The Department of Pediatrics at the King Abdulaziz University Hospital recently launched a campaign to increase awareness about diabetes among the masses.
“Medical examinations of adults and children were conducted and a comprehensive report on the cases was prepared,” said Prof. Abdulmoein Eid Al-Agha, who supervised the campaign.
He said the prevalence of diabetes in the Kingdom is exacerbated by the consumption of junk food and beverages.
Al-Agha, also the acting chairman of the university’s Department of Pediatrics, said that some of the cases were referred to hospitals so that they could start receiving proper treatment. He said that during the campaign it was revealed that in most cases, people did not follow proper and healthy diets and were found to be consuming too much sugar and foods with a high-calorie count.
“Reports also showed excessive consumption of fast foods, which are the major cause of obesity,” said Al-Agha.
The health expert also blamed sedentary lifestyle for the spread of obesity and diabetes in the Kingdom.
The Lancet, a British medical journal, has ranked the Kingdom third in the world, after Malta and Swaziland, in terms of obesity and laziness, triggering warnings from Saudi experts such as Dr. Khalid Al-Ajaji.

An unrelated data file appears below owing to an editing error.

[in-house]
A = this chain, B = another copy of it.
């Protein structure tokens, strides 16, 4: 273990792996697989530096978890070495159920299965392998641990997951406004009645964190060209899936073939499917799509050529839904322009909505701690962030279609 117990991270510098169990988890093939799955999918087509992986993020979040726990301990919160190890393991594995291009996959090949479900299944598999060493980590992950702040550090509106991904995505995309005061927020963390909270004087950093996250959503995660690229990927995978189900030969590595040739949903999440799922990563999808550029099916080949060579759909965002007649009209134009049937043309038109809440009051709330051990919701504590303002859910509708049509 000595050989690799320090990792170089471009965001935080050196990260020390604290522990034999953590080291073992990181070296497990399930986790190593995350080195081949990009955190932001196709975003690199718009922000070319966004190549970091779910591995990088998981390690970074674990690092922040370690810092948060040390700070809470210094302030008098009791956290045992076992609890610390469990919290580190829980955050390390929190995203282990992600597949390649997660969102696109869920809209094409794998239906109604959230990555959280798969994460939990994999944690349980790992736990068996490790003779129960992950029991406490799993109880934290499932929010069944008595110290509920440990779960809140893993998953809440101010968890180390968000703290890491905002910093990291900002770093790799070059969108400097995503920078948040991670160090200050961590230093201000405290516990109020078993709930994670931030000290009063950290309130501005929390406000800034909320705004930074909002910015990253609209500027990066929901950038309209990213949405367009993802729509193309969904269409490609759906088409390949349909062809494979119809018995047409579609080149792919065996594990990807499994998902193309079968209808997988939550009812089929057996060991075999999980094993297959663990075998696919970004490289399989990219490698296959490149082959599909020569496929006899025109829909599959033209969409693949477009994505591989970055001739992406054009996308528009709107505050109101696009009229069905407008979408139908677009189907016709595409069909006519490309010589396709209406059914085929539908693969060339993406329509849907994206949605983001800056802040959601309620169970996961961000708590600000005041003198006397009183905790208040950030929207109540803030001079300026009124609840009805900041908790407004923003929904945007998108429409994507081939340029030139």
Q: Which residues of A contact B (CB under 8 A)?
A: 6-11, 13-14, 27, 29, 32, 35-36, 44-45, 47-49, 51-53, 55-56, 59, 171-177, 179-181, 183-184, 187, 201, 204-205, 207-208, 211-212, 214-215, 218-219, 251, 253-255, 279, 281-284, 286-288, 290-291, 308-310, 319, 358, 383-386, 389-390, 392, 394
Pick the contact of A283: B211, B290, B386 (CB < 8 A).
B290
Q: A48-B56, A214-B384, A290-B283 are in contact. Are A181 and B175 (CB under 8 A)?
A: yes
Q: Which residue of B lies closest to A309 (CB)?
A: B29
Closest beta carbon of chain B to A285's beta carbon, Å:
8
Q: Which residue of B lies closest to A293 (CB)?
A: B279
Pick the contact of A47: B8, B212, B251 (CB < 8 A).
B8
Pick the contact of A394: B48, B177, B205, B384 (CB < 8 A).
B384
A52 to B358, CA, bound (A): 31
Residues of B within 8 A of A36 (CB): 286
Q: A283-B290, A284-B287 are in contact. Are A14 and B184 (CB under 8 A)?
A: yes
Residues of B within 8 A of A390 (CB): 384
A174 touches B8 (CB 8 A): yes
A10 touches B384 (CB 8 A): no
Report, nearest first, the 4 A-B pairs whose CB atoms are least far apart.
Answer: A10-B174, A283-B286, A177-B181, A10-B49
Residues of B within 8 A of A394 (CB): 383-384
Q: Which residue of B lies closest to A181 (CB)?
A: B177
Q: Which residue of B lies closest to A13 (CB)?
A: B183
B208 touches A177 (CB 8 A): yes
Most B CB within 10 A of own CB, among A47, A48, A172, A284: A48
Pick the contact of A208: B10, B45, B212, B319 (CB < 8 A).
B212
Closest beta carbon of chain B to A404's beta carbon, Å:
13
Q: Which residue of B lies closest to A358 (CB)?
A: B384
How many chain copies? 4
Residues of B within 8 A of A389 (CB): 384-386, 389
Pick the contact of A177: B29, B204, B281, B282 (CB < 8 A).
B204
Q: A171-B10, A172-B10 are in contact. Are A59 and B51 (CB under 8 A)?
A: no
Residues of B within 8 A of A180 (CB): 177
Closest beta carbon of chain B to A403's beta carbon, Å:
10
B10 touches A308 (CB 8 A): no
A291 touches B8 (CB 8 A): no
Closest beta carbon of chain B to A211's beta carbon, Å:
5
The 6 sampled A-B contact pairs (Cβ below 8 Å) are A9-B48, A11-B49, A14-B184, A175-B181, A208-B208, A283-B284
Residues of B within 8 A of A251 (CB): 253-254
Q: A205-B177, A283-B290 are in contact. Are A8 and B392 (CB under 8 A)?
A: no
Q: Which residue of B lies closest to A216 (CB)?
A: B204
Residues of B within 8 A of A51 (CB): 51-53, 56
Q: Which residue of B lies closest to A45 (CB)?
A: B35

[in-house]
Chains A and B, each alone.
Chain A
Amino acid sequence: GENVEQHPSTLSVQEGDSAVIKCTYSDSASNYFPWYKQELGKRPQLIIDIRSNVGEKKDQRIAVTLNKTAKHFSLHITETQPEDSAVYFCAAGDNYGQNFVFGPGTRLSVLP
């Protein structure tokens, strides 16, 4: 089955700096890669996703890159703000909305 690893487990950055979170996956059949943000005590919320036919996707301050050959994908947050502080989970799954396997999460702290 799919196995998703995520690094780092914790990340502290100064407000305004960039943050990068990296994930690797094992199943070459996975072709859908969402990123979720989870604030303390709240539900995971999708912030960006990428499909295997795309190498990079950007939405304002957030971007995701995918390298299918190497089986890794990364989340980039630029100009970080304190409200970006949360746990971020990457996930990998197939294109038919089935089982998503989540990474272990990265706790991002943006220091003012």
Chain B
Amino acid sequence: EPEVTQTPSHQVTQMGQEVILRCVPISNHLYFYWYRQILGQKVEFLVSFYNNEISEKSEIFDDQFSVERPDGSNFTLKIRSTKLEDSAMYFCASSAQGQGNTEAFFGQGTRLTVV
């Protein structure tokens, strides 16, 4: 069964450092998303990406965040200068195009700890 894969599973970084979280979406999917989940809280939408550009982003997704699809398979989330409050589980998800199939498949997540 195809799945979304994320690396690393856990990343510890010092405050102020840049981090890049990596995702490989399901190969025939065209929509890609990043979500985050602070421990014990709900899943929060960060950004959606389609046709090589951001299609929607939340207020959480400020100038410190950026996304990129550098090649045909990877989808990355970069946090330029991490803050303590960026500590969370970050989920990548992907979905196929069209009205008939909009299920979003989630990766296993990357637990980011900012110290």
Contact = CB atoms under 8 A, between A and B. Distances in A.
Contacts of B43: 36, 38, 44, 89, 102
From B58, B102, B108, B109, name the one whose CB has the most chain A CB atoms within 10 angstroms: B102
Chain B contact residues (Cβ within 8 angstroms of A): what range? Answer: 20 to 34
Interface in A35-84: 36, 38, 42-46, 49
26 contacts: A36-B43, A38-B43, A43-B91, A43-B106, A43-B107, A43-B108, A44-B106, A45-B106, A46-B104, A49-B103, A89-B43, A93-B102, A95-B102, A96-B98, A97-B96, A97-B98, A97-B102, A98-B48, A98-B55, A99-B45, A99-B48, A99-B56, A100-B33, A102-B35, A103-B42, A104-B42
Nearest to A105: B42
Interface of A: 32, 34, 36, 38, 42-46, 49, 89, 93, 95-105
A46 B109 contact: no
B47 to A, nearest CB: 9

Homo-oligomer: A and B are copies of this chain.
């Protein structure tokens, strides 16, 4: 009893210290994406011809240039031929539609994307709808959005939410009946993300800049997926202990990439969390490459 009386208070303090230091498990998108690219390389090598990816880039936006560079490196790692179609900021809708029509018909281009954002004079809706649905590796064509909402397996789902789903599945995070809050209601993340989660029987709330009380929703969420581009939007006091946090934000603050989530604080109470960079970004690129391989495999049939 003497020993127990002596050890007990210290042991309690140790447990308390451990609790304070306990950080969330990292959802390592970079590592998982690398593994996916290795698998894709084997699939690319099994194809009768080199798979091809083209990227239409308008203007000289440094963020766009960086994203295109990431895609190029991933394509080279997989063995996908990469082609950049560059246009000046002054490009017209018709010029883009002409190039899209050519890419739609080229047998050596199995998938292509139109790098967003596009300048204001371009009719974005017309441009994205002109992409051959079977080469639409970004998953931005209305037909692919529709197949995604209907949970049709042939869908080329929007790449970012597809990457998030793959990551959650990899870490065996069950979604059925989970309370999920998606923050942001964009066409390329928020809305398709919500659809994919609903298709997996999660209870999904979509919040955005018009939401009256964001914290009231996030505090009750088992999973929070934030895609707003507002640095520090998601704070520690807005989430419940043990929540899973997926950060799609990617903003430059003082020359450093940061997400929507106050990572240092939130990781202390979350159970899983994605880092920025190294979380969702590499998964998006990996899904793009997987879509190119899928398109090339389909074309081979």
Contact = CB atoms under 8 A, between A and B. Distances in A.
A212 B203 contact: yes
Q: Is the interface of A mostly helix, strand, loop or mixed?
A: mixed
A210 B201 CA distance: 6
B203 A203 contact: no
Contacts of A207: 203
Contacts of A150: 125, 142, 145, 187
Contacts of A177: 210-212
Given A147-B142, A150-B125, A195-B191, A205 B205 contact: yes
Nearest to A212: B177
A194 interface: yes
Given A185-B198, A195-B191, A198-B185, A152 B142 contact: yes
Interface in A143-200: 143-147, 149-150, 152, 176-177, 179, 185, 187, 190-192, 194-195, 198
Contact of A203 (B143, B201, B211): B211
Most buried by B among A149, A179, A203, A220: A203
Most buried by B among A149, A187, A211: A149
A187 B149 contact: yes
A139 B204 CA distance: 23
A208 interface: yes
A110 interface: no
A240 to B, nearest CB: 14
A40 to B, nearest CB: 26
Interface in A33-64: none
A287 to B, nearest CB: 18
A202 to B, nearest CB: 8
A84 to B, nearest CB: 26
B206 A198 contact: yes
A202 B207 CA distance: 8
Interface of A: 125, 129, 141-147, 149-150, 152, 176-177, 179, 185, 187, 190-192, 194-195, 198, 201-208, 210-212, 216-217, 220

Al-Ajaji expressed his concern over the high rate of diabetes cases in the Kingdom, adding that a local study found that 70 percent of Saudis were overweight and not obese.
“Many people mix obesity with being overweight. This differs as per the body mass index (BMI),” he said, adding that obesity is not a hereditary disease, but eating habits are mainly to blame for it.
“Habits such as staying awake at night and encouraging others to do so and indulging in eating just for fun lead to obesity and diseases like diabetes and (high) blood pressure,” he said.
He said that the most common cause of obesity is bad eating habits, lack of physical exercise, staying awake late at night and eating just before sleeping.
The British medical journal has put the ratio of laziness and obesity in the Kingdom at 86 percent, which is one of the causes of diabetes, which affects 25 percent of the Saudi population.
Obesity in Saudi Arabia is a growing health concern and it’s one of the leading causes of preventable deaths.
In 2013, it was estimated that almost 382 million people suffer from diabetes and Saudi Arabia was among the top 10 countries of the world with the highest prevalence.